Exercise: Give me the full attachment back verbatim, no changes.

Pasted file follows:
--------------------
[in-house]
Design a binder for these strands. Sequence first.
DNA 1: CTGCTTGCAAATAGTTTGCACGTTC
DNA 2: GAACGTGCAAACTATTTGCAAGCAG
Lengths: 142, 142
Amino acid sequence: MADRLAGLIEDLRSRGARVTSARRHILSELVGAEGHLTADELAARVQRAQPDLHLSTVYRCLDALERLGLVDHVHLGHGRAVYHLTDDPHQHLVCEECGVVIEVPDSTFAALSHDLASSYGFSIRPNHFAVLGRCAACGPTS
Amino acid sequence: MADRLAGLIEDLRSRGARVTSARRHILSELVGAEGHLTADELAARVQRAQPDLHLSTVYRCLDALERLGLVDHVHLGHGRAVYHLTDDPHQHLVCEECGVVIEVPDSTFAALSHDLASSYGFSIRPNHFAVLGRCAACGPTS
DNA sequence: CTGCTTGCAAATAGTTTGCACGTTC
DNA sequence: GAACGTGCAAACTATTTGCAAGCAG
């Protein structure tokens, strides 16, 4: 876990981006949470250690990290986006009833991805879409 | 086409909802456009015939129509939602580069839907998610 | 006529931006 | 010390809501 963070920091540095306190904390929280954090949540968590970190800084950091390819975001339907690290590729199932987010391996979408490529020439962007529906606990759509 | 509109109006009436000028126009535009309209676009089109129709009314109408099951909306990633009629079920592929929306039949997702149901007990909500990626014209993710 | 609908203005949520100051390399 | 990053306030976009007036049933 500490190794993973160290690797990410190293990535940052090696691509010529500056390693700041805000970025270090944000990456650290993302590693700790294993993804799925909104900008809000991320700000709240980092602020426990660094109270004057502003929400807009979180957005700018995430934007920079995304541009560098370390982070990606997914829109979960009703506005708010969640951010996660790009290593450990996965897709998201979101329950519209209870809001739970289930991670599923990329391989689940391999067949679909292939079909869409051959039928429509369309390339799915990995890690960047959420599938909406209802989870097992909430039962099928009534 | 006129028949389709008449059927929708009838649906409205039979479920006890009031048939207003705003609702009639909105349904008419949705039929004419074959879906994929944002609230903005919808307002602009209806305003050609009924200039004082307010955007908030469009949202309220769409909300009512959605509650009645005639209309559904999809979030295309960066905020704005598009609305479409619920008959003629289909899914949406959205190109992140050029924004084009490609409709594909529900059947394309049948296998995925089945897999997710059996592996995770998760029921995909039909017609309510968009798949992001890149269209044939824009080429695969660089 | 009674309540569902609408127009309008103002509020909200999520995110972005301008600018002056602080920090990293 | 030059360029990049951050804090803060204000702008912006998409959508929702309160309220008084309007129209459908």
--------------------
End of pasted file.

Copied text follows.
[in-house]
Design a binder for these strands. Sequence first.
DNA 1: CTGCTTGCAAATAGTTTGCACGTTC
DNA 2: GAACGTGCAAACTATTTGCAAGCAG
Lengths: 142, 142
Amino acid sequence: MADRLAGLIEDLRSRGARVTSARRHILSELVGAEGHLTADELAARVQRAQPDLHLSTVYRCLDALERLGLVDHVHLGHGRAVYHLTDDPHQHLVCEECGVVIEVPDSTFAALSHDLASSYGFSIRPNHFAVLGRCAACGPTS
Amino acid sequence: MADRLAGLIEDLRSRGARVTSARRHILSELVGAEGHLTADELAARVQRAQPDLHLSTVYRCLDALERLGLVDHVHLGHGRAVYHLTDDPHQHLVCEECGVVIEVPDSTFAALSHDLASSYGFSIRPNHFAVLGRCAACGPTS
DNA sequence: CTGCTTGCAAATAGTTTGCACGTTC
DNA sequence: GAACGTGCAAACTATTTGCAAGCAG
């Protein structure tokens, strides 16, 4: 876990981006949470250690990290986006009833991805879409 | 086409909802456009015939129509939602580069839907998610 | 006529931006 | 010390809501 963070920091540095306190904390929280954090949540968590970190800084950091390819975001339907690290590729199932987010391996979408490529020439962007529906606990759509 | 509109109006009436000028126009535009309209676009089109129709009314109408099951909306990633009629079920592929929306039949997702149901007990909500990626014209993710 | 609908203005949520100051390399 | 990053306030976009007036049933 500490190794993973160290690797990410190293990535940052090696691509010529500056390693700041805000970025270090944000990456650290993302590693700790294993993804799925909104900008809000991320700000709240980092602020426990660094109270004057502003929400807009979180957005700018995430934007920079995304541009560098370390982070990606997914829109979960009703506005708010969640951010996660790009290593450990996965897709998201979101329950519209209870809001739970289930991670599923990329391989689940391999067949679909292939079909869409051959039928429509369309390339799915990995890690960047959420599938909406209802989870097992909430039962099928009534 | 006129028949389709008449059927929708009838649906409205039979479920006890009031048939207003705003609702009639909105349904008419949705039929004419074959879906994929944002609230903005919808307002602009209806305003050609009924200039004082307010955007908030469009949202309220769409909300009512959605509650009645005639209309559904999809979030295309960066905020704005598009609305479409619920008959003629289909899914949406959205190109992140050029924004084009490609409709594909529900059947394309049948296998995925089945897999997710059996592996995770998760029921995909039909017609309510968009798949992001890149269209044939824009080429695969660089 | 009674309540569902609408127009309008103002509020909200999520995110972005301008600018002056602080920090990293 | 030059360029990049951050804090803060204000702008912006998409959508929702309160309220008084309007129209459908």